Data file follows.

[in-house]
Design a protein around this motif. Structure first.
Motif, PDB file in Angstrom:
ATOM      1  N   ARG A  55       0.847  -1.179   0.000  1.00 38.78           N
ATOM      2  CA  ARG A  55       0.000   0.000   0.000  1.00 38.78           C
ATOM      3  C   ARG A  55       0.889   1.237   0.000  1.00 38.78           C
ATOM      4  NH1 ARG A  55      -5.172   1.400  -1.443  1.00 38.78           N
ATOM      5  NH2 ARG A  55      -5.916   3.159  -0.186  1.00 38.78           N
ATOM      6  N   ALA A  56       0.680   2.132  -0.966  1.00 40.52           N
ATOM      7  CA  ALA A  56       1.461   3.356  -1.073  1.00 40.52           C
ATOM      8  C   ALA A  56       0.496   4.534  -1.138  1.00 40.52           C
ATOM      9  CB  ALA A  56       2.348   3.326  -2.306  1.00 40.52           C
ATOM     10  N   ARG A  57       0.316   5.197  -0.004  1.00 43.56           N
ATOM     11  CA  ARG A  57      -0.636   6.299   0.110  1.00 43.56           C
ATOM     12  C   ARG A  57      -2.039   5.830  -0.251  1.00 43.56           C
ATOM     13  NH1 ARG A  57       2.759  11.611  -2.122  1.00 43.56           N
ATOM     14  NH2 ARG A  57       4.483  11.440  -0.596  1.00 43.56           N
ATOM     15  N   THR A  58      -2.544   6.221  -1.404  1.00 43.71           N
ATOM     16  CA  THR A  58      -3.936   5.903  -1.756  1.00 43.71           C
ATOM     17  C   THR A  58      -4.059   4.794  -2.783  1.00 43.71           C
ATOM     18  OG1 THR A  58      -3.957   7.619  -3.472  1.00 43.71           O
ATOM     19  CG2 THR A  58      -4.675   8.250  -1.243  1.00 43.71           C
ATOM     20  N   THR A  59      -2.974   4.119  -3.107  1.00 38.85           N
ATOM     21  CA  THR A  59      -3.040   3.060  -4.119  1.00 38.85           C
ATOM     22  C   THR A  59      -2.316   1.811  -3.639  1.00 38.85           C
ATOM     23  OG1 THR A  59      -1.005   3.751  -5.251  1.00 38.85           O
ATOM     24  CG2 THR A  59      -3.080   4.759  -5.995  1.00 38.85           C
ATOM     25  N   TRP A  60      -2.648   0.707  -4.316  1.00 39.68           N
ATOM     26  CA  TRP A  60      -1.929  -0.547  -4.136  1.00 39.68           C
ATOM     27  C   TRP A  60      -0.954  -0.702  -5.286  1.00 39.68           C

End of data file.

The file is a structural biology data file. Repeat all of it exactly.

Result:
[in-house]
Design a protein around this motif. Structure first.
Motif, PDB file in Angstrom:
ATOM      1  N   ARG A  55       0.847  -1.179   0.000  1.00 38.78           N
ATOM      2  CA  ARG A  55       0.000   0.000   0.000  1.00 38.78           C
ATOM      3  C   ARG A  55       0.889   1.237   0.000  1.00 38.78           C
ATOM      4  NH1 ARG A  55      -5.172   1.400  -1.443  1.00 38.78           N
ATOM      5  NH2 ARG A  55      -5.916   3.159  -0.186  1.00 38.78           N
ATOM      6  N   ALA A  56       0.680   2.132  -0.966  1.00 40.52           N
ATOM      7  CA  ALA A  56       1.461   3.356  -1.073  1.00 40.52           C
ATOM      8  C   ALA A  56       0.496   4.534  -1.138  1.00 40.52           C
ATOM      9  CB  ALA A  56       2.348   3.326  -2.306  1.00 40.52           C
ATOM     10  N   ARG A  57       0.316   5.197  -0.004  1.00 43.56           N
ATOM     11  CA  ARG A  57      -0.636   6.299   0.110  1.00 43.56           C
ATOM     12  C   ARG A  57      -2.039   5.830  -0.251  1.00 43.56           C
ATOM     13  NH1 ARG A  57       2.759  11.611  -2.122  1.00 43.56           N
ATOM     14  NH2 ARG A  57       4.483  11.440  -0.596  1.00 43.56           N
ATOM     15  N   THR A  58      -2.544   6.221  -1.404  1.00 43.71           N
ATOM     16  CA  THR A  58      -3.936   5.903  -1.756  1.00 43.71           C
ATOM     17  C   THR A  58      -4.059   4.794  -2.783  1.00 43.71           C
ATOM     18  OG1 THR A  58      -3.957   7.619  -3.472  1.00 43.71           O
ATOM     19  CG2 THR A  58      -4.675   8.250  -1.243  1.00 43.71           C
ATOM     20  N   THR A  59      -2.974   4.119  -3.107  1.00 38.85           N
ATOM     21  CA  THR A  59      -3.040   3.060  -4.119  1.00 38.85           C
ATOM     22  C   THR A  59      -2.316   1.811  -3.639  1.00 38.85           C
ATOM     23  OG1 THR A  59      -1.005   3.751  -5.251  1.00 38.85           O
ATOM     24  CG2 THR A  59      -3.080   4.759  -5.995  1.00 38.85           C
ATOM     25  N   TRP A  60      -2.648   0.707  -4.316  1.00 39.68           N
ATOM     26  CA  TRP A  60      -1.929  -0.547  -4.136  1.00 39.68           C
ATOM     27  C   TRP A  60      -0.954  -0.702  -5.286  1.00 39.68           C